Pitching games with TableTop Simulator and Tabletopia and other online platforms is now becoming viable. You don’t have to wait for the next convention, you can pitch it next week. Also you can play test the game online as well.
Jeff Fraser provides one-stop writing, editing, and layout services for tabletop game rulebooks. His blended background in writing, layout production, and game design gives him the skills to map out how a rulebook will look and feel from start to finish.
Check out Jeff's rulebook services here.
He has worked on some rule books that are still in Kickstarter. Doing many different rule books like one for Dinosaur World.
A well designed rulebook works if no one notices. If learning the rules is seamless. Only rulebooks that are bad will get people noticing.
One important thing is the organization of the rule book. It teaches you the rules but also is a reference goes back during gameplay. Rule and concepts needs to be organized so things are not al over the place.
You need to be consistent as in using the same term for some aspect. Don’t use different word to describe he same thing. Don’t repeat a rule.It needs to be accessible. Don’t be making it technical with advanced language. Make it simple to read. Also you need an index so people can find the page for a rule or situation.
Images help describe a mechanic so that you need less words to describe it. You can show labels in the image and people know how something should work or be set up.
Be efficient with your layout and copy. A rule book that is too big and long can be exhausting to read. Have examples that show real game situations. He said he will explain rules and then show an example how a turn is done.
A big mistake with rule book is not play testing it. You need to have play testers to read it and play the game. Then you can see if it is a struggle or if they get the rules.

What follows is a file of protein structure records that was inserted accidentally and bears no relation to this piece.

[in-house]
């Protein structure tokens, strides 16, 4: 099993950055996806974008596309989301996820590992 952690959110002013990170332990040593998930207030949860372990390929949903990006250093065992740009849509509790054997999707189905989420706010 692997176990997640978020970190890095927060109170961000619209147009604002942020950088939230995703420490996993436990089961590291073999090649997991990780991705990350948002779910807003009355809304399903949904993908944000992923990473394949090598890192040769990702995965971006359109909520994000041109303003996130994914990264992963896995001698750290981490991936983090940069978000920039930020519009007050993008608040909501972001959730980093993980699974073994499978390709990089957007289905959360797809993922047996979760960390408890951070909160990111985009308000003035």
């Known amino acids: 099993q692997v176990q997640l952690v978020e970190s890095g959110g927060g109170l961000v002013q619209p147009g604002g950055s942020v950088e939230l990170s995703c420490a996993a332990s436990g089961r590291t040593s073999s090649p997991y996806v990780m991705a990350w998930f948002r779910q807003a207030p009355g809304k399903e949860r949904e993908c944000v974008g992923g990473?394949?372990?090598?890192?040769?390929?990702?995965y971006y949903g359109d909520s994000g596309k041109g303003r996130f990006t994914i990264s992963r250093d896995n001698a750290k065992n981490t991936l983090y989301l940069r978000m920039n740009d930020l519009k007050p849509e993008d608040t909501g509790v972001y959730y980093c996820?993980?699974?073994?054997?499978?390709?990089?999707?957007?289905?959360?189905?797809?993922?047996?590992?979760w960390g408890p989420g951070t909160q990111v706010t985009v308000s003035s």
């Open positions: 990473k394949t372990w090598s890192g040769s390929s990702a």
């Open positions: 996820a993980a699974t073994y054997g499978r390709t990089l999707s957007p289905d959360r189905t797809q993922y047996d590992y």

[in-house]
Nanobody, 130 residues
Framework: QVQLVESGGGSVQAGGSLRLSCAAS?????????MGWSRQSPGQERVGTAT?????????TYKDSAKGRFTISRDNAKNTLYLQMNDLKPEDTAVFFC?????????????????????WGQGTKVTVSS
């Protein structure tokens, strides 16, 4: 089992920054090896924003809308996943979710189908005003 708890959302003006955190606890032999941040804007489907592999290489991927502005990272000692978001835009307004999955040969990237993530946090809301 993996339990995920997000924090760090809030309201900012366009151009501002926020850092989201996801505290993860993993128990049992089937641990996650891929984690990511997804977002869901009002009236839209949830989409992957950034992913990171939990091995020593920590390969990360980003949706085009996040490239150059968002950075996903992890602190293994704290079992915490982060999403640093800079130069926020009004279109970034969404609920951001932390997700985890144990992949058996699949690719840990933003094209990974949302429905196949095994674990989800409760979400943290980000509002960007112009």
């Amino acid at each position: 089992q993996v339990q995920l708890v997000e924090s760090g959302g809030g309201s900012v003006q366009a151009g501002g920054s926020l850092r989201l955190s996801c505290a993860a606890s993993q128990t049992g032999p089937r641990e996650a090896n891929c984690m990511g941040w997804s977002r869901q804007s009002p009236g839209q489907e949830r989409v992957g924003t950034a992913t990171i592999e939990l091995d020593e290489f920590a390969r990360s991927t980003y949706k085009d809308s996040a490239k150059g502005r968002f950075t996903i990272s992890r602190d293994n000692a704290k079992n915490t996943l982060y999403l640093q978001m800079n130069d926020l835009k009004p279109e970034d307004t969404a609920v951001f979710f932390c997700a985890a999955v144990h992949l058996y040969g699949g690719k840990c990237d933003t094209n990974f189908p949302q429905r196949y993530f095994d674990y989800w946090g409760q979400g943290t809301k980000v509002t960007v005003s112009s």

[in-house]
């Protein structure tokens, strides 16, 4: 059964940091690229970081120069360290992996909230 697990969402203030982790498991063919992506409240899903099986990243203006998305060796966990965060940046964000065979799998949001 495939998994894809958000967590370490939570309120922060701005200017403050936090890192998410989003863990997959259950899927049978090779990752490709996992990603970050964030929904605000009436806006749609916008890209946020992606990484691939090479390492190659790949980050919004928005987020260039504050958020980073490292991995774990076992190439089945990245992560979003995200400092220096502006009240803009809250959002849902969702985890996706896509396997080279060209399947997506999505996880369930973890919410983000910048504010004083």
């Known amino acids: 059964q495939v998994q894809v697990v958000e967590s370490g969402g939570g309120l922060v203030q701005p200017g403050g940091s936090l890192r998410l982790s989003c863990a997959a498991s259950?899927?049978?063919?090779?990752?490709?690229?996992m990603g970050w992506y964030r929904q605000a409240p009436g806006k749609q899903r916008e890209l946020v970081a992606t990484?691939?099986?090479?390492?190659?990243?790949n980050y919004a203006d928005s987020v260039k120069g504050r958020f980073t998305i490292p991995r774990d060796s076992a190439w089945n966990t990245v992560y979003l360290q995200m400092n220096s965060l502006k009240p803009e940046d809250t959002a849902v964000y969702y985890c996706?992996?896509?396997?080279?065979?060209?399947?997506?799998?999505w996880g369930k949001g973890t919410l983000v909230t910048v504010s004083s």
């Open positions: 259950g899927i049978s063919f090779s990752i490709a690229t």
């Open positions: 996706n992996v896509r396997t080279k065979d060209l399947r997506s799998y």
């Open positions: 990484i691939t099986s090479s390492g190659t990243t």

Another mistake is the game designer designing and writing the rule book. The designer is so close to the game, they understand everything and may forget to mention something that is second nature to them but not so intuitive to a new player. A rulebook needs to be outsourced to someone like him.
He uses Adobe InDesign to design the rulebook since it is the design standard for layout. It is has all the tools to create a multi-page rule book with master pages and styles of typography and use them throughout.
He would write the rule book and flow it into the InDesign file. He would go through several rounds of revisions with the the text and the design of the rule book. Until they can finally finish it for approval.
He would work a certain standard way with rule books. He would start off with the introduction where it includes world building and flavor text.
After that, you have the objective that tells you how to win the game and how it would end.
Then a round overview of how the rounds are played. He would talk about how rounds are played and the steps to get to the end.
Then he would take about how each turn is played. Explain what choices a player has during their turn. What they need to check and what order a player can play their turn.
Then explains details of the components and more details of turn and rounds. Then he explains how the game is won and ends and then talk about the details. Then he adds some situations that may need explaining.
Testing your rule book is very important. Test with many play testers to see if it is easy to read and understand.
Also get an editor to proofread the work. You shouldn’t edit your own rule book. You need a professional that know how to see it from a different stand point and experience.